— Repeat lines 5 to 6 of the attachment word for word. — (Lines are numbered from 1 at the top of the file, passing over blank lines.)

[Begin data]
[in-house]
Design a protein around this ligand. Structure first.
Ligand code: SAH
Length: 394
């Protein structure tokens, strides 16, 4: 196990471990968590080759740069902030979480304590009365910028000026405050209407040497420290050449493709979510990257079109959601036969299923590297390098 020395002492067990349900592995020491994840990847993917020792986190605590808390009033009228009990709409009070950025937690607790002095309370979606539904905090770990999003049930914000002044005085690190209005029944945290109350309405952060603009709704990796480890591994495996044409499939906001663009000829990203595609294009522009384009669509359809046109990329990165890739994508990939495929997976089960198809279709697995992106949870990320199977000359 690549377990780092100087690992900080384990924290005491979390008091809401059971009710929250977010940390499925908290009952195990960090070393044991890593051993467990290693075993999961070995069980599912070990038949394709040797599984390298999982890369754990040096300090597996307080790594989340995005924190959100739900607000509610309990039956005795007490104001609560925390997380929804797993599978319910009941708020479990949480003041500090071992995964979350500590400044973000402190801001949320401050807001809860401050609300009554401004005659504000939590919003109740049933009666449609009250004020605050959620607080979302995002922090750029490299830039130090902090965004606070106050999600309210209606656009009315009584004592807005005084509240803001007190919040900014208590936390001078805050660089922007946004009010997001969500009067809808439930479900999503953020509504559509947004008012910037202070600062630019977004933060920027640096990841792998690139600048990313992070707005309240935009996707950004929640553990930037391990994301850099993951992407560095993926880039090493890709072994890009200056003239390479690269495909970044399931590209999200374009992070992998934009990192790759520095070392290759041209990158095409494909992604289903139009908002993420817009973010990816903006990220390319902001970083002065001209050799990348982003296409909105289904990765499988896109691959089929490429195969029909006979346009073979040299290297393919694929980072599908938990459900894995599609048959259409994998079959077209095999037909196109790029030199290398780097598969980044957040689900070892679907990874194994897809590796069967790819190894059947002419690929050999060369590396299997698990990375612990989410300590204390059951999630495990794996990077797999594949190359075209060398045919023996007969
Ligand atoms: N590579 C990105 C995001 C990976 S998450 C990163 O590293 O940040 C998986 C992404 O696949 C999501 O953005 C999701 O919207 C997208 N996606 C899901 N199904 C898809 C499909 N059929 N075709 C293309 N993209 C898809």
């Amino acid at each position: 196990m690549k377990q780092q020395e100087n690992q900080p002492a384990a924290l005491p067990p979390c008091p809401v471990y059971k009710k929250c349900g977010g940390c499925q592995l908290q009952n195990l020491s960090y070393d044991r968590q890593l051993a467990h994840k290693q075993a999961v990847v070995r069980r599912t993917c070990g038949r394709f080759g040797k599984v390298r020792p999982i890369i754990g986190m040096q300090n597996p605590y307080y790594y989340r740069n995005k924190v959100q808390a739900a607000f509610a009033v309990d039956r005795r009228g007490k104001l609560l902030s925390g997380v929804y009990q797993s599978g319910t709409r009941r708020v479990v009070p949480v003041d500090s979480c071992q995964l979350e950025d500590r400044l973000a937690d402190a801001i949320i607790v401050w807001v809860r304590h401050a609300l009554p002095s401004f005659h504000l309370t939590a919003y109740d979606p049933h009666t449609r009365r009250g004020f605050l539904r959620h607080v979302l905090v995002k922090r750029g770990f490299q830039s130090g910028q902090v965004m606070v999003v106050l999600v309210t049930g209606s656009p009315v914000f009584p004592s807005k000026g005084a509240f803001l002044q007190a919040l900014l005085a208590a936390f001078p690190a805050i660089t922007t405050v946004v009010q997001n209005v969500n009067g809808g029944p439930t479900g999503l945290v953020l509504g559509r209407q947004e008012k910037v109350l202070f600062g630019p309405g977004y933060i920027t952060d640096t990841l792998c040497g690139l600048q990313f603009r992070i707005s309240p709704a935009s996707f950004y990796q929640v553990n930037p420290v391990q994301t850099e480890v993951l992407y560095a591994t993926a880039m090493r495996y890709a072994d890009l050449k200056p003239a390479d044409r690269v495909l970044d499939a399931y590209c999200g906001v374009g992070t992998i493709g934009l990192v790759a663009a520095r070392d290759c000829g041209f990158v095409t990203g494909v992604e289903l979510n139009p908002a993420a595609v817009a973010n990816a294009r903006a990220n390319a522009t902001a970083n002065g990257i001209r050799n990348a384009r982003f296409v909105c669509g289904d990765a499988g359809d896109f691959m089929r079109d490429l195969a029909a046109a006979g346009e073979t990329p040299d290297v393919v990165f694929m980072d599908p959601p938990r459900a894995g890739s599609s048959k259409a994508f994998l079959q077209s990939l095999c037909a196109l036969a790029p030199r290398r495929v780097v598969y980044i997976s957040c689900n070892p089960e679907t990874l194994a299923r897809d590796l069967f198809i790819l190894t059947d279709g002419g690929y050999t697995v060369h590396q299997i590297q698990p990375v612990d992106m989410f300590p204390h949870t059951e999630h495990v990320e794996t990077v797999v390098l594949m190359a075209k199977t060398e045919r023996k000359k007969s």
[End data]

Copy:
């Protein structure tokens, strides 16, 4: 196990471990968590080759740069902030979480304590009365910028000026405050209407040497420290050449493709979510990257079109959601036969299923590297390098 020395002492067990349900592995020491994840990847993917020792986190605590808390009033009228009990709409009070950025937690607790002095309370979606539904905090770990999003049930914000002044005085690190209005029944945290109350309405952060603009709704990796480890591994495996044409499939906001663009000829990203595609294009522009384009669509359809046109990329990165890739994508990939495929997976089960198809279709697995992106949870990320199977000359 690549377990780092100087690992900080384990924290005491979390008091809401059971009710929250977010940390499925908290009952195990960090070393044991890593051993467990290693075993999961070995069980599912070990038949394709040797599984390298999982890369754990040096300090597996307080790594989340995005924190959100739900607000509610309990039956005795007490104001609560925390997380929804797993599978319910009941708020479990949480003041500090071992995964979350500590400044973000402190801001949320401050807001809860401050609300009554401004005659504000939590919003109740049933009666449609009250004020605050959620607080979302995002922090750029490299830039130090902090965004606070106050999600309210209606656009009315009584004592807005005084509240803001007190919040900014208590936390001078805050660089922007946004009010997001969500009067809808439930479900999503953020509504559509947004008012910037202070600062630019977004933060920027640096990841792998690139600048990313992070707005309240935009996707950004929640553990930037391990994301850099993951992407560095993926880039090493890709072994890009200056003239390479690269495909970044399931590209999200374009992070992998934009990192790759520095070392290759041209990158095409494909992604289903139009908002993420817009973010990816903006990220390319902001970083002065001209050799990348982003296409909105289904990765499988896109691959089929490429195969029909006979346009073979040299290297393919694929980072599908938990459900894995599609048959259409994998079959077209095999037909196109790029030199290398780097598969980044957040689900070892679907990874194994897809590796069967790819190894059947002419690929050999060369590396299997698990990375612990989410300590204390059951999630495990794996990077797999594949190359075209060398045919023996007969
Ligand atoms: N590579 C990105 C995001 C990976 S998450 C990163 O590293 O940040 C998986 C992404 O696949 C999501 O953005 C999701 O919207 C997208 N996606 C899901 N199904 C898809 C499909 N059929 N075709 C293309 N993209 C898809």